Westlake Publishing Forums
November 14, 2018, 04:37:47 AM *
Welcome, Guest. Please login or register.

Login with username, password and session length
News:     REGARDING MEMBERSHIP ON THIS FORUM: Due to spam, our server has disabled the forum software to gain membership. The only way to become a new member is for you to send me a private e-mail with your preferred screen name (we prefer you use your real name, or some variant there-of), and email adress you would like to have associated with the account.  -- Send the information to:  Russ at finescalerr@msn.com
 
   Home   Help Search Login  
Pages: 1 ... 19 20 21 [22] 23 24 25
  Print  
Author Topic: Steel cable transmission  (Read 102258 times)
Peter_T1958
Full Member
***
Offline Offline

Posts: 210



WWW
« Reply #315 on: November 23, 2017, 12:41:34 PM »

Hi all

Finally some minutes on the workbench yet. I' am about to build some of the scaffoldings used for maintaining the gears on the quayside. Concerning the ladders (or better stairways) I hoped to use some commerciel products in 1/50 scale. As you may see, that doesen't match at all!



Does anybody has a clever hint how soldering together something like that?

Logged

"Siplicity is the ultimate sophistication" -Leonardo Da Vinci-

https://industrial-heritage-in-scale.blogspot.ch/
finescalerr
Administrator
Hero Member
*****
Offline Offline

Posts: 5187


« Reply #316 on: November 23, 2017, 12:52:40 PM »

Your modeling far surpasses most commercial products. -- Russ
Logged
michael mott
Hero Member
*****
Offline Offline

Posts: 511


« Reply #317 on: November 23, 2017, 03:46:53 PM »

Quote
Does anybody has a clever hint how soldering together something like that?

Looking at the level of perfection that you have already achieved with your own hands, I doubt that there is anything in the market that could hold a candle to your work.

Have you tried using one of the air soldering stations? they are amazing. assemble the work and hold it together with some pins use liquid cleaning type flux and flatten some tin solder so that is is like a foil 1/32 x .010 drape some short length over the ends of the treads play the heat gently on the opposite side and watch it flow together.

Michael 
Logged
Lawton Maner
Sr. Member
****
Offline Offline

Posts: 431


« Reply #318 on: November 24, 2017, 08:22:23 AM »

I've had very good results using a jeweler's soldering pad, solder paste, and SWMBO's oven when she isn't home.  Pin the assembly to the heat resistant pad over a piece of baker's parchment (to help protect the pad from the flux), apply the solder paste sparingly to the parts, and bake.  You then turn the oven off and wait.  Many sub-assemblies used in the manufacture of brass models from the far east are made in similar fashion.  BTW, surface mounted electronic chips can be soldered on the stove top in a frying pan or in a toaster oven on a small slab of metal.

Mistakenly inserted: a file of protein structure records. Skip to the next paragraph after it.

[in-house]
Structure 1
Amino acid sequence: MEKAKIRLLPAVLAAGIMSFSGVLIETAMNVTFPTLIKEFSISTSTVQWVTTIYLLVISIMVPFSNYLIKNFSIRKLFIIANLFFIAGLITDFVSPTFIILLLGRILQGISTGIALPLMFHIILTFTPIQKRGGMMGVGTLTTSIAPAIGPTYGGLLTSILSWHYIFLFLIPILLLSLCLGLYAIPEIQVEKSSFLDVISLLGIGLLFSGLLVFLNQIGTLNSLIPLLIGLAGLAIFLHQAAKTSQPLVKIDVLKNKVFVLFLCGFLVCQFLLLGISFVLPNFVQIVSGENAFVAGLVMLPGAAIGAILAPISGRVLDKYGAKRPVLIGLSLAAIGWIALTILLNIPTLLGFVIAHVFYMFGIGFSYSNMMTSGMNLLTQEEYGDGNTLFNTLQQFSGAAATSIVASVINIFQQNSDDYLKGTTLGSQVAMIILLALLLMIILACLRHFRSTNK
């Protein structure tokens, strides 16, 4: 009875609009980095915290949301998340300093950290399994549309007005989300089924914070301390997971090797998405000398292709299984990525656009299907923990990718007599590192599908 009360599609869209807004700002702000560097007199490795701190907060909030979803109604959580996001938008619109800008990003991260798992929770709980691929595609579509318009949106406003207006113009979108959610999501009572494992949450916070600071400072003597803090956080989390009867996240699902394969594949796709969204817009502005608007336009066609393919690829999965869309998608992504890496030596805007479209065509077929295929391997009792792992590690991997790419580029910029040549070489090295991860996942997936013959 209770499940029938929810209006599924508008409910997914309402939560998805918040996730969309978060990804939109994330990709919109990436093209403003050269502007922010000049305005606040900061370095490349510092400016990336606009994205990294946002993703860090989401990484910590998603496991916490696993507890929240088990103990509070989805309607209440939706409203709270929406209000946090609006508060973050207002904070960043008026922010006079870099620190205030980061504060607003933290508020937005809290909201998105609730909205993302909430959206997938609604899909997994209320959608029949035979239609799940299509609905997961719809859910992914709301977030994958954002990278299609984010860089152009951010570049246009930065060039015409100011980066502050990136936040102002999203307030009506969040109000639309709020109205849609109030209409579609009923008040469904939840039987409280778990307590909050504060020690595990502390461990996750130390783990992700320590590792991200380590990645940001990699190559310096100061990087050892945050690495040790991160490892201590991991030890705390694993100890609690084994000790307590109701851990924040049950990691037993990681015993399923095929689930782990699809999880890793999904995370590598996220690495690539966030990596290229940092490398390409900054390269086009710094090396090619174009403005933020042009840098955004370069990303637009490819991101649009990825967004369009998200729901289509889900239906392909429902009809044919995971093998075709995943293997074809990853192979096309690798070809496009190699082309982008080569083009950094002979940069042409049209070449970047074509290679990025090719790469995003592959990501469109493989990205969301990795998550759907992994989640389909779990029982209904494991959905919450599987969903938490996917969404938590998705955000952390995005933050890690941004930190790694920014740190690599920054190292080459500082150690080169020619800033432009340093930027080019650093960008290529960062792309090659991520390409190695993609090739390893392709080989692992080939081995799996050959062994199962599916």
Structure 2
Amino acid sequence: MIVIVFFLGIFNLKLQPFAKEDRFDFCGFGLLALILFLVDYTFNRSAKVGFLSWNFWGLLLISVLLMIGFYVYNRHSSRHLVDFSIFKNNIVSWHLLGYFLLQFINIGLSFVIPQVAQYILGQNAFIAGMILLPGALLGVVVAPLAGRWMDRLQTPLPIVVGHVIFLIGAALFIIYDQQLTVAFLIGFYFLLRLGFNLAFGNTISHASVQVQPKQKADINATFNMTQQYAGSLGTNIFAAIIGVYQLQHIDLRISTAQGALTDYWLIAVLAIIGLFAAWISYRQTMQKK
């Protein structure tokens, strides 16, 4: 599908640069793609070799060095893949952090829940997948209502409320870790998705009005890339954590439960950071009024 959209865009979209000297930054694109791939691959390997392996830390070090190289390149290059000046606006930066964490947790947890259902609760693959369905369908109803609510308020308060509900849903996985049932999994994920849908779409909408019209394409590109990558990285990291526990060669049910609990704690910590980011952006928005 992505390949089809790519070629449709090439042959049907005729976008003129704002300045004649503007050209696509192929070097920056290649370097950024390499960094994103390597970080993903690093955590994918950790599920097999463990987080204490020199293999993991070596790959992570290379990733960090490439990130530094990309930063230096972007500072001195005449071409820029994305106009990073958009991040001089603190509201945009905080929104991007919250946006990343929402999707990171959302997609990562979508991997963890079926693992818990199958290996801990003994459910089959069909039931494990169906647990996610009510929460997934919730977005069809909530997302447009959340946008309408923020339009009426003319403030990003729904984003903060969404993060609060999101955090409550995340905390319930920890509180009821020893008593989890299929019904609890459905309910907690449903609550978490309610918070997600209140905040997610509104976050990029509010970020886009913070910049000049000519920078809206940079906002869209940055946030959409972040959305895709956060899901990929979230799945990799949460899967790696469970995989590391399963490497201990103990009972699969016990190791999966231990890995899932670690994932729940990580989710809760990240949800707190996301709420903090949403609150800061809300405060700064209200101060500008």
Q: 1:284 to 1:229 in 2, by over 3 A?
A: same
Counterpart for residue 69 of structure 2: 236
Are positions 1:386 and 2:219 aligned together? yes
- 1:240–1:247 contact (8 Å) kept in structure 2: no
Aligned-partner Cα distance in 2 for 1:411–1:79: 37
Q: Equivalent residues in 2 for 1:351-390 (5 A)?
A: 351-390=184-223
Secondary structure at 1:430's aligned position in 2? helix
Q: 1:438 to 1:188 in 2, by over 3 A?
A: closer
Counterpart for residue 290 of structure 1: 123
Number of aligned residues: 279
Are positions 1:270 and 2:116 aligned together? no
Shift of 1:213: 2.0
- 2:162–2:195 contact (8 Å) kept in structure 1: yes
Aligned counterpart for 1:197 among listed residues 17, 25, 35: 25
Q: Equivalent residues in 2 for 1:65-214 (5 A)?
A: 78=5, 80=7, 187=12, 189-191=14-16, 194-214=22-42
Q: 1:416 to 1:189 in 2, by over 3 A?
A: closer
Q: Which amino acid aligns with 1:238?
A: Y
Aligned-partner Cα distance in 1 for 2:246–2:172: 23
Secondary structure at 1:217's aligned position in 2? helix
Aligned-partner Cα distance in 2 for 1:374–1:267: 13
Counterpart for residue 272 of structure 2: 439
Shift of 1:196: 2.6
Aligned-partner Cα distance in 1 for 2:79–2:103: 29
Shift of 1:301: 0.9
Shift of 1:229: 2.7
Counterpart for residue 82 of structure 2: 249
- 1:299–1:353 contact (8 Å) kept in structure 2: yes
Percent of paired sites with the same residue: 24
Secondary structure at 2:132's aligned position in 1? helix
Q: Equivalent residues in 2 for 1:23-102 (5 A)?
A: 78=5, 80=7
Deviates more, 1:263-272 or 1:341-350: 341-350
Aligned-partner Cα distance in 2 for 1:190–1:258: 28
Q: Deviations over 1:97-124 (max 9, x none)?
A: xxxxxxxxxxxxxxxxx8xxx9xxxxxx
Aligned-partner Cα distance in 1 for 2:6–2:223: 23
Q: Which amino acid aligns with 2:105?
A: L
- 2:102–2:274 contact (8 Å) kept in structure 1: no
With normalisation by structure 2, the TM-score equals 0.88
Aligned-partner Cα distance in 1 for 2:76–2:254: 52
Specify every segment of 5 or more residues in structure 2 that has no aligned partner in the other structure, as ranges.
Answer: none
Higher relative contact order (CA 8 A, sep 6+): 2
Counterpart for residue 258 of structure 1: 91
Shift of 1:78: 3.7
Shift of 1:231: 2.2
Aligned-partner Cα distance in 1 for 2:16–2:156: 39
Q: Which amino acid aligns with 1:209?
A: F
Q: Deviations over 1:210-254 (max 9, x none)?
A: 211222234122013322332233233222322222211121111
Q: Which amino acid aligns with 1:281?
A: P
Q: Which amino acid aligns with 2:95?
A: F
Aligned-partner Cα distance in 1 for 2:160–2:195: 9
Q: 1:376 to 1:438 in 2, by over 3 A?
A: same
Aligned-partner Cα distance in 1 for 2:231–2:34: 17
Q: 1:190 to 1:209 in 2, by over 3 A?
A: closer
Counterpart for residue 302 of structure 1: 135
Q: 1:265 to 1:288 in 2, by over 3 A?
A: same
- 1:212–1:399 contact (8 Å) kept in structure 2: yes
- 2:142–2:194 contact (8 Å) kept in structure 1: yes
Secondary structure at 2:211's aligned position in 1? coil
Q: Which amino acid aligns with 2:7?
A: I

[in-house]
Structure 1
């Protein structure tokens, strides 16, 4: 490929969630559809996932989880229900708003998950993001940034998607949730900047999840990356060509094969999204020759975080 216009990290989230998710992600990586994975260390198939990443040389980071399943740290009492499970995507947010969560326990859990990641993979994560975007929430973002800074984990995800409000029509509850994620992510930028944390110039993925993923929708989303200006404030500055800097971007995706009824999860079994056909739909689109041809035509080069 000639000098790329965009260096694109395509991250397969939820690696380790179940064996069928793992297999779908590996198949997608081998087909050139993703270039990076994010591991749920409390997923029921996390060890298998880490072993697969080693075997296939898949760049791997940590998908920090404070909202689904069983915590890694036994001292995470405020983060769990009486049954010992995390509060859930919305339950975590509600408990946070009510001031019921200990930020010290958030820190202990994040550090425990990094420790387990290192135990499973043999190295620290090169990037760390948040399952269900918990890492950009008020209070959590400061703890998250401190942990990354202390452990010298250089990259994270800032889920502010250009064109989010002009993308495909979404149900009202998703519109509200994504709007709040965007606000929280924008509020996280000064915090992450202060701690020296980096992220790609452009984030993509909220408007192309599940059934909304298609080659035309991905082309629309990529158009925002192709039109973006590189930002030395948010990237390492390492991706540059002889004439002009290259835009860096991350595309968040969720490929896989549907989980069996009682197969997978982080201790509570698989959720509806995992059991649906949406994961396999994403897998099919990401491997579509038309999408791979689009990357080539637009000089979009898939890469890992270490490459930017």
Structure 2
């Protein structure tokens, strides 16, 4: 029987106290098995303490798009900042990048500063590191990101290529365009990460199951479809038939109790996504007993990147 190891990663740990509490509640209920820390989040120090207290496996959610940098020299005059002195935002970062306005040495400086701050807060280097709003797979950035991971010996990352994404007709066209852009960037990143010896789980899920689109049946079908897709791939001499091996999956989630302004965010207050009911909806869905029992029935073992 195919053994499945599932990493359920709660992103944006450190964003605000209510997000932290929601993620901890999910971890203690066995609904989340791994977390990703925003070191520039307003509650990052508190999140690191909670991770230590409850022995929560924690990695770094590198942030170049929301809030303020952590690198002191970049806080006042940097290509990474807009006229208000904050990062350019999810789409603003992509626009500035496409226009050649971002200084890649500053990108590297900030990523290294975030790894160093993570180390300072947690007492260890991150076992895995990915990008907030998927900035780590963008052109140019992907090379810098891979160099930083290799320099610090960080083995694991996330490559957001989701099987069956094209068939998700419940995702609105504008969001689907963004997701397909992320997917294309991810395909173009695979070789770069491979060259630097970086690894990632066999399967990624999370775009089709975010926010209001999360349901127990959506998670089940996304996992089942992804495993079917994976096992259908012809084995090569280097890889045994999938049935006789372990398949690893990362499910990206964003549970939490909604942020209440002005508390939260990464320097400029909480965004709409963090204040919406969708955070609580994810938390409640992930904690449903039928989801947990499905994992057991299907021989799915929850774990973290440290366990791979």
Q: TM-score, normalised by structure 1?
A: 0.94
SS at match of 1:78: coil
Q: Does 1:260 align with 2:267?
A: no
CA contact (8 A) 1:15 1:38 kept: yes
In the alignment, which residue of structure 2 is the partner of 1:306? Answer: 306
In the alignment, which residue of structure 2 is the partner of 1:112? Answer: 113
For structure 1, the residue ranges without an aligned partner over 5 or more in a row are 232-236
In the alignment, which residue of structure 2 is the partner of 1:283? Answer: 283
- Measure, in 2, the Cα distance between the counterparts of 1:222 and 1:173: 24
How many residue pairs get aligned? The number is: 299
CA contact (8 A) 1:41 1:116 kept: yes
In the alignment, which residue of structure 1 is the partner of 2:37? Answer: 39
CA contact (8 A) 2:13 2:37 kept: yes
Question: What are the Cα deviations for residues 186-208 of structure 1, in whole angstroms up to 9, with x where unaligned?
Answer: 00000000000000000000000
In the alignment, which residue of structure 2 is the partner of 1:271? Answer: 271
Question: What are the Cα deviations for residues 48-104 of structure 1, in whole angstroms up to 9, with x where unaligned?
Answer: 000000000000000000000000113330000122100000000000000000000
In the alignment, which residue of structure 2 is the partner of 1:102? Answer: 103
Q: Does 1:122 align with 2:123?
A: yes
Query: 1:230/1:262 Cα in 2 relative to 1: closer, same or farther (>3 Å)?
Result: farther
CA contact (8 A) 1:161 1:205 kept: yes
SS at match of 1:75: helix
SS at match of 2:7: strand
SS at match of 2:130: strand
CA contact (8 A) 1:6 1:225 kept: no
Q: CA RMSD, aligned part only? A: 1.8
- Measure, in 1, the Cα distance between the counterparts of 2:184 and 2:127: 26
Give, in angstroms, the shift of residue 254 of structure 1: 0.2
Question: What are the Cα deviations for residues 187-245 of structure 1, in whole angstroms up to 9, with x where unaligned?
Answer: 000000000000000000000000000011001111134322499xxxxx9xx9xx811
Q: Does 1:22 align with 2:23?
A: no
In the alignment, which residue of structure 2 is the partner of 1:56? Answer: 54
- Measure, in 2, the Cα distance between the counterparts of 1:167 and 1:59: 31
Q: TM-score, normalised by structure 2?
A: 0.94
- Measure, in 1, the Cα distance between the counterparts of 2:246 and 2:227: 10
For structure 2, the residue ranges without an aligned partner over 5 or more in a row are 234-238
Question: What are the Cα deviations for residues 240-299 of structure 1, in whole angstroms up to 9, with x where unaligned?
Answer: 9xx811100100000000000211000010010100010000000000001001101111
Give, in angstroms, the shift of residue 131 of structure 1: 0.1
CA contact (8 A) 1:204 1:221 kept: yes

Logged
finescalerr
Administrator
Hero Member
*****
Offline Offline

Posts: 5187


« Reply #319 on: November 24, 2017, 02:09:16 PM »

I've been reading about and building models since the time of Piltdown Man and never knew about that method. My friend and onetime great modeler, Richard Christ, taught me a variation of Michael's technique (and slightly less precise) but soldering entire subassemblies in an oven? What a couple of great ideas! -- Russ
Logged
Hydrostat
Hero Member
*****
Offline Offline

Posts: 602



WWW
« Reply #320 on: November 24, 2017, 03:09:59 PM »

Why not solder it piece by piece? First the bigger parts, thrn the small ones. Protecting the finished soldering areas with toothpaste helps to deflect heat and so does a piece of handkerchief drenched with water. An RSU would work fine, too.

Cheers,
Volker
Logged

I'll make it. If I have to fly the five feet like a birdie.

I'll fly it. I'll make it.
lab-dad
Hero Member
*****
Offline Offline

Posts: 2094



« Reply #321 on: November 25, 2017, 04:22:11 PM »

I solder a lot of different things but I'm no expert.
However I would suggest a resistance soldering unit and wet paper towels on completed joints or close pins.
I use close pins a lot for soldering and often modify them.

Martin
Logged

     Martin G. Jones Photography
    Go not where the path leads
Go instead, where there is no path,
           And leave a trail
Lawton Maner
Sr. Member
****
Offline Offline

Posts: 431


« Reply #322 on: November 25, 2017, 08:02:14 PM »